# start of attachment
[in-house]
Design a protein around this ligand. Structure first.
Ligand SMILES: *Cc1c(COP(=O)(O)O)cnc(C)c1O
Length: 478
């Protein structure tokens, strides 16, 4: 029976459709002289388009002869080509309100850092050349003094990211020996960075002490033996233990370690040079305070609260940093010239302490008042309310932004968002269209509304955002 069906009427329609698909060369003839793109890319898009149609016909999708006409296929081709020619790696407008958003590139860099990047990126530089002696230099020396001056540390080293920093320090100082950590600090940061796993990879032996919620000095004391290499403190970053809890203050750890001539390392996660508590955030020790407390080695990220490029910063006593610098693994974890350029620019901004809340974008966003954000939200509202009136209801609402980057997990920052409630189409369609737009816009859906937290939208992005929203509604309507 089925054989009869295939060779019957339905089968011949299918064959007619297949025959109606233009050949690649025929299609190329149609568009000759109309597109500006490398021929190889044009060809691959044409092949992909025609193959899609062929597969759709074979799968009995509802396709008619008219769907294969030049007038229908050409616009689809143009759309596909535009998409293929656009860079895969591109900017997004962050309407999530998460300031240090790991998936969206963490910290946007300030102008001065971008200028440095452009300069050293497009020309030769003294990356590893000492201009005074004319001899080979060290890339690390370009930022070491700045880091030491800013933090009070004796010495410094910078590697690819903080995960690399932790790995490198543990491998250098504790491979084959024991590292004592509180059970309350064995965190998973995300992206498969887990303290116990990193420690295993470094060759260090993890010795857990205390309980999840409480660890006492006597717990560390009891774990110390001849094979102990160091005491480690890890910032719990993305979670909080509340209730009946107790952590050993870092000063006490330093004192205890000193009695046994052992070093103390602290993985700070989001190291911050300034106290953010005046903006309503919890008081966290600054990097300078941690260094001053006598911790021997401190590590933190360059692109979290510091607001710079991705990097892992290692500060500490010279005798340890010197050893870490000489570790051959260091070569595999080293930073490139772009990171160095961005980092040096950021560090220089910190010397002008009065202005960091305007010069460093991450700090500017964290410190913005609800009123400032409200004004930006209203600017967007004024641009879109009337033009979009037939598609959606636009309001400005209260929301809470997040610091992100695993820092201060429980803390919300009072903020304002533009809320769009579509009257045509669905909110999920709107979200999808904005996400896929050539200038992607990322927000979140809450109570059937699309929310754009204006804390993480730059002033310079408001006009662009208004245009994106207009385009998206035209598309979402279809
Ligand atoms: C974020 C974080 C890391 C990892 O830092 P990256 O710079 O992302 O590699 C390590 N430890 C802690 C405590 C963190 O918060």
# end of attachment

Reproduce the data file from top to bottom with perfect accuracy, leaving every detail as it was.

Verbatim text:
[in-house]
Design a protein around this ligand. Structure first.
Ligand SMILES: *Cc1c(COP(=O)(O)O)cnc(C)c1O
Length: 478
């Protein structure tokens, strides 16, 4: 029976459709002289388009002869080509309100850092050349003094990211020996960075002490033996233990370690040079305070609260940093010239302490008042309310932004968002269209509304955002 069906009427329609698909060369003839793109890319898009149609016909999708006409296929081709020619790696407008958003590139860099990047990126530089002696230099020396001056540390080293920093320090100082950590600090940061796993990879032996919620000095004391290499403190970053809890203050750890001539390392996660508590955030020790407390080695990220490029910063006593610098693994974890350029620019901004809340974008966003954000939200509202009136209801609402980057997990920052409630189409369609737009816009859906937290939208992005929203509604309507 089925054989009869295939060779019957339905089968011949299918064959007619297949025959109606233009050949690649025929299609190329149609568009000759109309597109500006490398021929190889044009060809691959044409092949992909025609193959899609062929597969759709074979799968009995509802396709008619008219769907294969030049007038229908050409616009689809143009759309596909535009998409293929656009860079895969591109900017997004962050309407999530998460300031240090790991998936969206963490910290946007300030102008001065971008200028440095452009300069050293497009020309030769003294990356590893000492201009005074004319001899080979060290890339690390370009930022070491700045880091030491800013933090009070004796010495410094910078590697690819903080995960690399932790790995490198543990491998250098504790491979084959024991590292004592509180059970309350064995965190998973995300992206498969887990303290116990990193420690295993470094060759260090993890010795857990205390309980999840409480660890006492006597717990560390009891774990110390001849094979102990160091005491480690890890910032719990993305979670909080509340209730009946107790952590050993870092000063006490330093004192205890000193009695046994052992070093103390602290993985700070989001190291911050300034106290953010005046903006309503919890008081966290600054990097300078941690260094001053006598911790021997401190590590933190360059692109979290510091607001710079991705990097892992290692500060500490010279005798340890010197050893870490000489570790051959260091070569595999080293930073490139772009990171160095961005980092040096950021560090220089910190010397002008009065202005960091305007010069460093991450700090500017964290410190913005609800009123400032409200004004930006209203600017967007004024641009879109009337033009979009037939598609959606636009309001400005209260929301809470997040610091992100695993820092201060429980803390919300009072903020304002533009809320769009579509009257045509669905909110999920709107979200999808904005996400896929050539200038992607990322927000979140809450109570059937699309929310754009204006804390993480730059002033310079408001006009662009208004245009994106207009385009998206035209598309979402279809
Ligand atoms: C974020 C974080 C890391 C990892 O830092 P990256 O710079 O992302 O590699 C390590 N430890 C802690 C405590 C963190 O918060």